JUAN GAERTNER / SCIENCE PHOTO LIBRARY JUAN GAERTNER / SCIENCE PHOTO LIBRARY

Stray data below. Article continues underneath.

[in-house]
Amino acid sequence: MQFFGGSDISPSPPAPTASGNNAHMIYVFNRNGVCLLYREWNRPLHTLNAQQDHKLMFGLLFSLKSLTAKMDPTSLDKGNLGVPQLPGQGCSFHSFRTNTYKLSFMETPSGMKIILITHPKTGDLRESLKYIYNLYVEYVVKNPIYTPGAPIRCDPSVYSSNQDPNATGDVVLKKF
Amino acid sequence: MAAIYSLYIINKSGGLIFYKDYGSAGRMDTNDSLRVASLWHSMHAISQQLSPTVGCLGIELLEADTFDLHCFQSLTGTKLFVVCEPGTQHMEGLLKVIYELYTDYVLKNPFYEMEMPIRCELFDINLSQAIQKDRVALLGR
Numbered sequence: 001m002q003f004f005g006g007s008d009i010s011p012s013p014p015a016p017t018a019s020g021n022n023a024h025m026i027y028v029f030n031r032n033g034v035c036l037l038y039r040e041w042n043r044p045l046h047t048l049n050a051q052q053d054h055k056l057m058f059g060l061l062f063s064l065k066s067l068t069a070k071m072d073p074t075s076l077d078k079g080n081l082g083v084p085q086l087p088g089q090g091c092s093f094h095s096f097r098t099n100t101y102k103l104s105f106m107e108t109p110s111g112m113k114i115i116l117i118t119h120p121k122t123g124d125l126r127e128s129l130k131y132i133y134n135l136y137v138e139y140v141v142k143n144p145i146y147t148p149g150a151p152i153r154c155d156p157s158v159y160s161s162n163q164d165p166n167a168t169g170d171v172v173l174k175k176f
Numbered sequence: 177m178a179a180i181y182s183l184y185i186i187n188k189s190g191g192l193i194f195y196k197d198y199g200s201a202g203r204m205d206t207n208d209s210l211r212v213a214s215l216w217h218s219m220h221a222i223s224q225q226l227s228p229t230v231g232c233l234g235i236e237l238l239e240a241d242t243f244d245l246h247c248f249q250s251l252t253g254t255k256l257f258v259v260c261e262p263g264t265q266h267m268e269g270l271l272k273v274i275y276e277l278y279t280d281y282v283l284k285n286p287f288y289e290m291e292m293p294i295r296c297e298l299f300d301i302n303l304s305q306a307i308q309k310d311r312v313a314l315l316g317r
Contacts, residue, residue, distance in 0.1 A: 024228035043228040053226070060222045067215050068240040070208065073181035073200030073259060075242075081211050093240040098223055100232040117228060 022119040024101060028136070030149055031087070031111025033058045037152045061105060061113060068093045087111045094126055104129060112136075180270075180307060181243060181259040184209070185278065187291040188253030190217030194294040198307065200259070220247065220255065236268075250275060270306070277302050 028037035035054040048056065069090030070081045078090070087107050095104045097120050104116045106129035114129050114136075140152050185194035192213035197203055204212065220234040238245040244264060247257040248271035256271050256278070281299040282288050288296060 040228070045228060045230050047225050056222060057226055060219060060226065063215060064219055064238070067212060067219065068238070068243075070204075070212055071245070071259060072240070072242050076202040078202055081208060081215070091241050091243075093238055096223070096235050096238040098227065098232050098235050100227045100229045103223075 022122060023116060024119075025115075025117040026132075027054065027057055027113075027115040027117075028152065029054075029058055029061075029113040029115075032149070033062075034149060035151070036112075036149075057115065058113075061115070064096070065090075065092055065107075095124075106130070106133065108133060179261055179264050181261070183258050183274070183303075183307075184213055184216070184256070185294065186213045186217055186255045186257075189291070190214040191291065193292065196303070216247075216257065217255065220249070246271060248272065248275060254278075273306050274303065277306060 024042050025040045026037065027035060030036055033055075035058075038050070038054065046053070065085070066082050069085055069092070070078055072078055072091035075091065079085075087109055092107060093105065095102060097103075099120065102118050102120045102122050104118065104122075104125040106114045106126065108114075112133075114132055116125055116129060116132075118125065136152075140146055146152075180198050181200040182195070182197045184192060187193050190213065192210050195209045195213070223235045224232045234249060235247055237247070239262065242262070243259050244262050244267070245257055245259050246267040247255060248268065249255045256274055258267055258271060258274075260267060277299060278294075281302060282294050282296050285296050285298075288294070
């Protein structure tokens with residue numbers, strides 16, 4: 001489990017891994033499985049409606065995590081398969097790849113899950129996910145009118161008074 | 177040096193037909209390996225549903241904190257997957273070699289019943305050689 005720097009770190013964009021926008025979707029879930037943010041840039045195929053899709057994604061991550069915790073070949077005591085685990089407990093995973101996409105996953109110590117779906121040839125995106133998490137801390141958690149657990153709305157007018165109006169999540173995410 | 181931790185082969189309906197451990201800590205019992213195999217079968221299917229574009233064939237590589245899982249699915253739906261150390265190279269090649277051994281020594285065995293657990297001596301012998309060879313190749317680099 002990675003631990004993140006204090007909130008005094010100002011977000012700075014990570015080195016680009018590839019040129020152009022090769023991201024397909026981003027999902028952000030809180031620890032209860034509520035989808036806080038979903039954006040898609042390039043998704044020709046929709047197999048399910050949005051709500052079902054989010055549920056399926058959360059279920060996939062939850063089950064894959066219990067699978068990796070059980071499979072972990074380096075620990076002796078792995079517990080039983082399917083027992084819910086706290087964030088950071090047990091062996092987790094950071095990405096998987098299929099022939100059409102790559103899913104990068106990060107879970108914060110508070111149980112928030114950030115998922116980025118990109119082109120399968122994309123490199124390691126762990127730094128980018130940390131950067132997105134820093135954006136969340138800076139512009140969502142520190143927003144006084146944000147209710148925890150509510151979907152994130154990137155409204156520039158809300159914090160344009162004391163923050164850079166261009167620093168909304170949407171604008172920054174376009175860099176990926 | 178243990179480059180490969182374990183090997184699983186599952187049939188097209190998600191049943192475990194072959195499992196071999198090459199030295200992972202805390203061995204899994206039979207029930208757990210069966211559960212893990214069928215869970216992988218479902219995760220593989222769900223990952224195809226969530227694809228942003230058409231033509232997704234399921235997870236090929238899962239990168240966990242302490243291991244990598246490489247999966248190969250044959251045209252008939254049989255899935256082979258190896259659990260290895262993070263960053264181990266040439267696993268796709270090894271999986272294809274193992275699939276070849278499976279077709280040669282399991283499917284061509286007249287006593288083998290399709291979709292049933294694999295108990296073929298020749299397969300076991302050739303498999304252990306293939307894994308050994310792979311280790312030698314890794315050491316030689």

CAR T cell cancer immunotherapy. Illustration of the membrane of a cell involved in CAR (chimeric antigen receptor) T cell immunotherapy, a process that is being developed to treat cancer. In this process, T cells (part of the immune system) are treated with a virus in a form of genetic engineering, resulting in them producing chimeric antigen receptor (CAR) proteins. These proteins will be specific to the patient's cancer. Here, these engineered receptors (light blue, one circled at top right) bind specifically to CD19-antigen molecules (purple), in this case on a leukaemia cell. This activates a signal cascade in the T-cell leading to the segregation of vesicles that contain perforin and granzyme (yellow) molecules. The perforins build channels for the granzymes which enter the leukaemia cell and trigger the apoptosis (cell death) of the cancer cell.
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